The band has won six Grammy Awards and been nominated eighteen times. They have won an Emmy and a Genie and contributed tracks, including their highly praised version of the song Women of Ireland, to Leonard Rosenman's Oscar-winning score for Stanley Kubrick's 1975 film Barry Lyndon. In 2002 they were given a Lifetime Achievement Award by the UK's BBC Radio 2. Two of their singles have been minor hits in the UK Singles Chart. "Have I Told You Lately" (credited to The Chieftains with Van Morrison) reached No. 71 in 1995. "I Know My Love" (credited to The Chieftains featuring The Corrs) reached No. 37 in 1999.
Dr. Gearóid Ó hAllmhuráin said the success of The Chieftains helped place Irish traditional music on a par with other musical genres in the world of popular entertainment. By collaborating with pop and rock musicians, they have taken Irish music to a much wider audience. They have become, in effect, musical ambassadors for Ireland. This de facto role was officially recognised by the Irish Government in 1989 when it awarded the group the honorary title of Ireland's Musical Ambassadors.
In 1983, they were invited by the Chinese Government to perform with the Chinese Broadcasting Art Group in a concert on the Great Wall of China, becoming the first western musical group to do so. They were the first group to perform in the Capitol Building in Washington, D.C., invited by Senator Edward Kennedy and the former Speaker of the House, Tip O'Neill.
- Martin Fay – fiddle, bones (1962–2002; died 2012)
- Seán Potts – tin whistle, bones, bodhrán (1962–1979; died 2014)
- Michael Tubridy – flute, concertina, tin whistle (1962–1979)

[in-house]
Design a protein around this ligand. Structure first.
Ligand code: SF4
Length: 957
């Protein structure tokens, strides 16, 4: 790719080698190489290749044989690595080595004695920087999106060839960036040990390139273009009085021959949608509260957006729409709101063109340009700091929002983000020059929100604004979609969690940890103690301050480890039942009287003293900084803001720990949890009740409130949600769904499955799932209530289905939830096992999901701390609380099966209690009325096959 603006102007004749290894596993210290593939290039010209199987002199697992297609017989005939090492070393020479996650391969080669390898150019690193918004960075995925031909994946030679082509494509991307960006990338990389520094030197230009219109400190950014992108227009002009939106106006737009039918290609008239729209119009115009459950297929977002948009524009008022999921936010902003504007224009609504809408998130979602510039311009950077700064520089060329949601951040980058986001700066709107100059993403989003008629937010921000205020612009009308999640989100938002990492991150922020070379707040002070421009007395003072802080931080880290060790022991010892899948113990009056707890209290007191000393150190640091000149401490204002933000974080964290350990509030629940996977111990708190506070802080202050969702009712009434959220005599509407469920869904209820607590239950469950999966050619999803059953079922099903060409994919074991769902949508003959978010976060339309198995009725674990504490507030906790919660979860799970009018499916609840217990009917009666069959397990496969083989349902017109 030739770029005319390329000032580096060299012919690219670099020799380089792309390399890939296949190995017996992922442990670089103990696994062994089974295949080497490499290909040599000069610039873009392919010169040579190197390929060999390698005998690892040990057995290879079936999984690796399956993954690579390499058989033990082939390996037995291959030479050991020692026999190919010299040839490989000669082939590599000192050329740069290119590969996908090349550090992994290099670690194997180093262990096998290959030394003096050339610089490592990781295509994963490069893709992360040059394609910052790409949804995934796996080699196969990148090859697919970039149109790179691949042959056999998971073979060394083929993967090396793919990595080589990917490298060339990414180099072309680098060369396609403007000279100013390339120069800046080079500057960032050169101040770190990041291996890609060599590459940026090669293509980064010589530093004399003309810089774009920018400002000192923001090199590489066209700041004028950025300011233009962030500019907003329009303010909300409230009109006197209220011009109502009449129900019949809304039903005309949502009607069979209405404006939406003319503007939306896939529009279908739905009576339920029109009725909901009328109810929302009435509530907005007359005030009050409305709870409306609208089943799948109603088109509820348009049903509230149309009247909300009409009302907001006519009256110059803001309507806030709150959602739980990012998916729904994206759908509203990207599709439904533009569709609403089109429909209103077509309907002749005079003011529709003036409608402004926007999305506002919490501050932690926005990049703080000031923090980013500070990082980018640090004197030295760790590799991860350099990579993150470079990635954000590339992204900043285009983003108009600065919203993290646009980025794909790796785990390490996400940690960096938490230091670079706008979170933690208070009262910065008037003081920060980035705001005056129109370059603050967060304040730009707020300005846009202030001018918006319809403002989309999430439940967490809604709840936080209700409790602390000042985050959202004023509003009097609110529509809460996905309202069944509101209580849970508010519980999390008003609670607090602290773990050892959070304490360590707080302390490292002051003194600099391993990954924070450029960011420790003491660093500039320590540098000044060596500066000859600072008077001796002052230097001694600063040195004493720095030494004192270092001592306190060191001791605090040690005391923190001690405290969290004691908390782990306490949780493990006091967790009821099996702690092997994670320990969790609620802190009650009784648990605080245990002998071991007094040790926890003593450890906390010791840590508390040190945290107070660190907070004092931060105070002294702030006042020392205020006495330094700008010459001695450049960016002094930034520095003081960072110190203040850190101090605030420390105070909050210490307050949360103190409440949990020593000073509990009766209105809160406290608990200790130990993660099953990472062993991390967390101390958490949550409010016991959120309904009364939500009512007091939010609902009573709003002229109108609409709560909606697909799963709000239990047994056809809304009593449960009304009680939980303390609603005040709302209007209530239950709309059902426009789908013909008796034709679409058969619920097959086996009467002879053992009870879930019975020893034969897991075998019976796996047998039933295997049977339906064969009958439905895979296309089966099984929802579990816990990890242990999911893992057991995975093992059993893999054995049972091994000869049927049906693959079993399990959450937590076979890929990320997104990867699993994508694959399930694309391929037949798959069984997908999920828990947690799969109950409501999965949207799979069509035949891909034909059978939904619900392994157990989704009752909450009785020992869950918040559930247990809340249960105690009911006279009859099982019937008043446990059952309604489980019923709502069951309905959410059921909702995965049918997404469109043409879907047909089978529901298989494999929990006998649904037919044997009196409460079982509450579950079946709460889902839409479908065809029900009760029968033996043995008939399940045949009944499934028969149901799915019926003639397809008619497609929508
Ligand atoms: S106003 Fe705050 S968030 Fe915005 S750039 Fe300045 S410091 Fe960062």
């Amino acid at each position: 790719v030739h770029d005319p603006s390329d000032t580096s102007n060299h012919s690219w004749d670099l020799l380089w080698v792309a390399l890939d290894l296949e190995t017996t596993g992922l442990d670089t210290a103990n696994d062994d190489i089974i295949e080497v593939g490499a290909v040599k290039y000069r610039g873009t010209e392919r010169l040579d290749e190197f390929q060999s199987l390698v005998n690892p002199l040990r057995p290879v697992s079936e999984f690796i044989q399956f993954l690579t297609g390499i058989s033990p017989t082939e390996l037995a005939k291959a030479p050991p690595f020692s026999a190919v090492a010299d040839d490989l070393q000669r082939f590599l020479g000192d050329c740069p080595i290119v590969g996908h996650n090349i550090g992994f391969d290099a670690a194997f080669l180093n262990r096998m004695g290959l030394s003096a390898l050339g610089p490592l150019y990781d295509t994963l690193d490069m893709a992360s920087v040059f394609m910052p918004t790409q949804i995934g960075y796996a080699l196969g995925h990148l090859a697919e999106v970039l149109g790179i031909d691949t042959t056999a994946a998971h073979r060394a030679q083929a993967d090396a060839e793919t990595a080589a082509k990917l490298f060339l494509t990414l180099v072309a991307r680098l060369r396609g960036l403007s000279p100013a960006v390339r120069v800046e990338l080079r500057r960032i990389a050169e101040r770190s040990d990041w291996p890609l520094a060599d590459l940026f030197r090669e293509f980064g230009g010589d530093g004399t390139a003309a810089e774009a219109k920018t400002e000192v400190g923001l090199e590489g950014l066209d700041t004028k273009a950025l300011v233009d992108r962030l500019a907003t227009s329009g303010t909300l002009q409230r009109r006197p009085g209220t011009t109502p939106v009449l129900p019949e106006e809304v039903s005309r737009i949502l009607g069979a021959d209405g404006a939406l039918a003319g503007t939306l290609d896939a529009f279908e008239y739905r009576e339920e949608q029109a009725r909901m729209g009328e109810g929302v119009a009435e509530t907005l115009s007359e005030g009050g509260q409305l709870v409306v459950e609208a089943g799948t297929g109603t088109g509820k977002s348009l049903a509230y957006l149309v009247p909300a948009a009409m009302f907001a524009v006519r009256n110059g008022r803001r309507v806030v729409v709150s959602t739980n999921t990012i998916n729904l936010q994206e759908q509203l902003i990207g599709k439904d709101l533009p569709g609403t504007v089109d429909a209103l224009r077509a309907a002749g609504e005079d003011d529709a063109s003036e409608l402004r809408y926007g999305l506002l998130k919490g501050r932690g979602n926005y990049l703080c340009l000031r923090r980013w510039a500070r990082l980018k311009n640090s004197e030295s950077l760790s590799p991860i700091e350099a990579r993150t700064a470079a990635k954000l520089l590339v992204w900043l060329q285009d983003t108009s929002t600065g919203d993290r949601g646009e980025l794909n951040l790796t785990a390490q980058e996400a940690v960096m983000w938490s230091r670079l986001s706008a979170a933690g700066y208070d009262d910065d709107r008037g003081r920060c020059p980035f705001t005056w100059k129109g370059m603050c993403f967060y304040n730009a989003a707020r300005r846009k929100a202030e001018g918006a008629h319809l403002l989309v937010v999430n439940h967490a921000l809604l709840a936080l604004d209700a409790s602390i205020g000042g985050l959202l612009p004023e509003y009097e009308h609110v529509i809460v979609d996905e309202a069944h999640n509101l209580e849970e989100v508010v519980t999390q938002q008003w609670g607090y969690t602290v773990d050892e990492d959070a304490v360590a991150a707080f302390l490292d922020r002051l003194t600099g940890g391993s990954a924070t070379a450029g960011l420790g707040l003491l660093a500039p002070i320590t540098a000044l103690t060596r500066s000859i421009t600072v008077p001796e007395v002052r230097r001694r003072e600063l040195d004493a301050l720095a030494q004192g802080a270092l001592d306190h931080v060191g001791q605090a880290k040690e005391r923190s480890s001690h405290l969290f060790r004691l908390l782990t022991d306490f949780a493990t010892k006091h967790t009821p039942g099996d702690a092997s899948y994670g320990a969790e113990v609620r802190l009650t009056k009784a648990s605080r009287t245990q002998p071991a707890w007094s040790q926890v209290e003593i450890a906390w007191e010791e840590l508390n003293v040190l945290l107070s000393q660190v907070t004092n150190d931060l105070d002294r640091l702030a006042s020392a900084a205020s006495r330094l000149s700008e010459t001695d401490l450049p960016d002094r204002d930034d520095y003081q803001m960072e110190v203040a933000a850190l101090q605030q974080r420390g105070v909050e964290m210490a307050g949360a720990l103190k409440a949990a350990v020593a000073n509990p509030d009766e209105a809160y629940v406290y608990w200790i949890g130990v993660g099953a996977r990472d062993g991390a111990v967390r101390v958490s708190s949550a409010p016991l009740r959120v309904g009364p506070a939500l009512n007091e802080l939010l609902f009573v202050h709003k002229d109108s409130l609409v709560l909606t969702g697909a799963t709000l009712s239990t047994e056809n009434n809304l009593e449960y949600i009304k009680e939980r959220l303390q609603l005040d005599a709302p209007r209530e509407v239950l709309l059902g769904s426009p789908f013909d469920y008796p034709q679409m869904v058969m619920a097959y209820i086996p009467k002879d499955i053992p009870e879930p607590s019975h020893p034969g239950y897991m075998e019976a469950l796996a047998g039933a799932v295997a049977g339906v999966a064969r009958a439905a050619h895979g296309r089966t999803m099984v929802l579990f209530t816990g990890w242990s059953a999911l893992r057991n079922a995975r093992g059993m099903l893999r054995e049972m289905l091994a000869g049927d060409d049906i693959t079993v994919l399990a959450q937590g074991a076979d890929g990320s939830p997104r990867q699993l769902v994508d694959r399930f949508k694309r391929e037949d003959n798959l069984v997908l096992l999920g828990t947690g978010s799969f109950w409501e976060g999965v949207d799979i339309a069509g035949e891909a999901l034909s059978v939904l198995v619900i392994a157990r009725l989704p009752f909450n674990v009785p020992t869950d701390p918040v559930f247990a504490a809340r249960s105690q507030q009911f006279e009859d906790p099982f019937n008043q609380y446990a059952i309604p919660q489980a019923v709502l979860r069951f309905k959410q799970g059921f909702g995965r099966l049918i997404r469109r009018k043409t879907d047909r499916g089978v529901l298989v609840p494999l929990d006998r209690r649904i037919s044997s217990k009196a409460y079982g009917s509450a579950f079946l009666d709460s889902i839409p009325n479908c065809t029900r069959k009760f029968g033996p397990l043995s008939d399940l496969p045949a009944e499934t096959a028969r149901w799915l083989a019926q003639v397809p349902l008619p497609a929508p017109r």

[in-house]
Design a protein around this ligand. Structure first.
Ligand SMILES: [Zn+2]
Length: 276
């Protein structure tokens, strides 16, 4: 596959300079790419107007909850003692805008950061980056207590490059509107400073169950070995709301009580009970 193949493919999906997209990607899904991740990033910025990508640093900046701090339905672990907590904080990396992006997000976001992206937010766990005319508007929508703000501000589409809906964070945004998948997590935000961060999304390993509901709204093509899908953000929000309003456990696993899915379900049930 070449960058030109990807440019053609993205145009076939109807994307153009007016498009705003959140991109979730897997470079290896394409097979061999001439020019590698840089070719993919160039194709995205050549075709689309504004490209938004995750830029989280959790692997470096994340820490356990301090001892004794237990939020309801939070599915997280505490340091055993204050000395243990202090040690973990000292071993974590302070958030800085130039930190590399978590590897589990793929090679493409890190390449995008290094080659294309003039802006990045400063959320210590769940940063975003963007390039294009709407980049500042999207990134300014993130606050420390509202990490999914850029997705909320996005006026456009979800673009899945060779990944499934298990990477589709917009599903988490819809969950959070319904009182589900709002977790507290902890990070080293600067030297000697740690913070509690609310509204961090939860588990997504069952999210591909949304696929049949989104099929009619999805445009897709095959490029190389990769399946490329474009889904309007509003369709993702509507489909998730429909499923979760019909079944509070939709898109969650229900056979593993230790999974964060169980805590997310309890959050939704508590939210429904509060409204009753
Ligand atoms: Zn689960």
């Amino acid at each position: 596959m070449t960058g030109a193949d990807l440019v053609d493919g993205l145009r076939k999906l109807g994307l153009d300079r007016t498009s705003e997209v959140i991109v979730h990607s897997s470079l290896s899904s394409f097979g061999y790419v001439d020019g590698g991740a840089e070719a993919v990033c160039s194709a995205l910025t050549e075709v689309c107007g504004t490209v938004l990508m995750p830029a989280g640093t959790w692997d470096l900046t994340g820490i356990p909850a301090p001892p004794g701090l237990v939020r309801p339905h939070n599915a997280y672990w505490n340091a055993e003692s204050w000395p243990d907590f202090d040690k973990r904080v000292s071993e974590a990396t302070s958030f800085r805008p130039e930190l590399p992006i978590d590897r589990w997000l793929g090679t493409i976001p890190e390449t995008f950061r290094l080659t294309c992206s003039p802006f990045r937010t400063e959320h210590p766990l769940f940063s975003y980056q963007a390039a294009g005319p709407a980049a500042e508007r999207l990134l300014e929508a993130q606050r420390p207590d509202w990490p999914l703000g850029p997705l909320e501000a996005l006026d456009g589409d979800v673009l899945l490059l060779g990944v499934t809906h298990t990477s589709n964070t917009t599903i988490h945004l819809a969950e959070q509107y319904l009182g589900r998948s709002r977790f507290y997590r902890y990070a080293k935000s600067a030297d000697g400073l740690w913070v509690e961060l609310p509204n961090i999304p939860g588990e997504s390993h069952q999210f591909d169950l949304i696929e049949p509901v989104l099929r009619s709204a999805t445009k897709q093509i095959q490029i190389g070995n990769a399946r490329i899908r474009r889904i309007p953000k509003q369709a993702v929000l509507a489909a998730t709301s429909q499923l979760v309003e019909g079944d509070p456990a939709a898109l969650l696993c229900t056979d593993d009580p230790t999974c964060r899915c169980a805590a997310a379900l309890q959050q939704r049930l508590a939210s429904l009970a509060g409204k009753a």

- David Fallon – bodhrán (1962–1966)
- Peadar Mercier – bodhrán, bones (1966–1976; died 1991)
- Derek Bell – Irish harp, keyboard instruments, oboe (1975–2002; died 2002)
- Ronnie McShane – bones, bodhrán (1975–1976; died 2017)
- The Chieftains (1964)
- The Chieftains 2 (1969)
- The Chieftains 3 (1971)
- The Chieftains 4 (1973)
- The Chieftains 5 (1975)
- The Chieftains 6: Bonaparte's Retreat (1976)
- The Chieftains 7 (1977)
- The Chieftains Live! (1977)
- The Chieftains 8 (1978)
- The Chieftains 9: Boil the Breakfast Early (1979)
- The Chieftains 10: Cotton-Eyed Joe (1980)
- The Year of the French (1982)
- The Grey Fox (1982) (soundtrack to The Grey Fox)
- Concert Orchestra (1983)
- The Chieftains in China (1985)
- Ballad of the Irish Horse (1986)
- Celtic Wedding (1987)
- In Ireland (1987) (with James Galway)
- Irish Heartbeat (1988) (with Van Morrison)
- The Tailor of Gloucester (1988)
- A Chieftains Celebration (1989)
- Over the Sea To Skye: The Celtic Connection (1990) (with James Galway)
- The Bells of Dublin (1991)
- Reel Music (1991)
- Another Country (1992)
- An Irish Evening (1992)
- The Best of The Chieftains (1992)
- Music at Matt Molloy’s (1992)
- Far and Away original motion picture soundtrack (with John Williams) (1992)
- The Celtic Harp: A Tribute to Edward Bunting (1993) (with The Belfast Harp Orchestra)
- The Long Black Veil (1995)
- Film Cuts (1996)
- Santiago (1996)
- Long Journey Home (1998)
- Fire in the Kitchen (1998)
- Silent Night: A Christmas in Rome (1998)
- Tears of Stone (1999)
- Water From the Well (2000)
- The Wide World Over (2002)
- Down the Old Plank Road: The Nashville Sessions (2002)
- Further Down the Old Plank Road (2003)
- Live from Dublin: A Tribute to Derek Bell (2005)
- The Essential Chieftains (2006)
- San Patricio (2010) (with Ry Cooder)
- Voice of Ages (2012)
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- Sean Michaels (22 November 2011). "Chieftains team up with Bon Iver and the Decemberists | Music | guardian.co.uk". London: Guardian. Retrieved 14 February 2013.
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-  Archived 30 March 2012 at the Wayback Machine
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- Roberts, David (2006). British Hit Singles & Albums (19th ed.). London: Guinness World Records Limited. p. 104. ISBN 1-904994-10-5.
- Pocket History of Irish Traditional Music, pub The O'Brien Press, Dublin, p155
- Lannert, John (6 March 1992). "An Irish Tradition For 29 Years, The Chieftains Have Been Entertaining Audiences And Attracting The Admiration of Fellow Performers". Sun-Sentinel. Retrieved 27 February 2011.
- "Queen Elizabeth II's historic visit a century in the making". Irishcanadamag.com. Archived from the original on 2 April 2015. Retrieved 14 February 2013.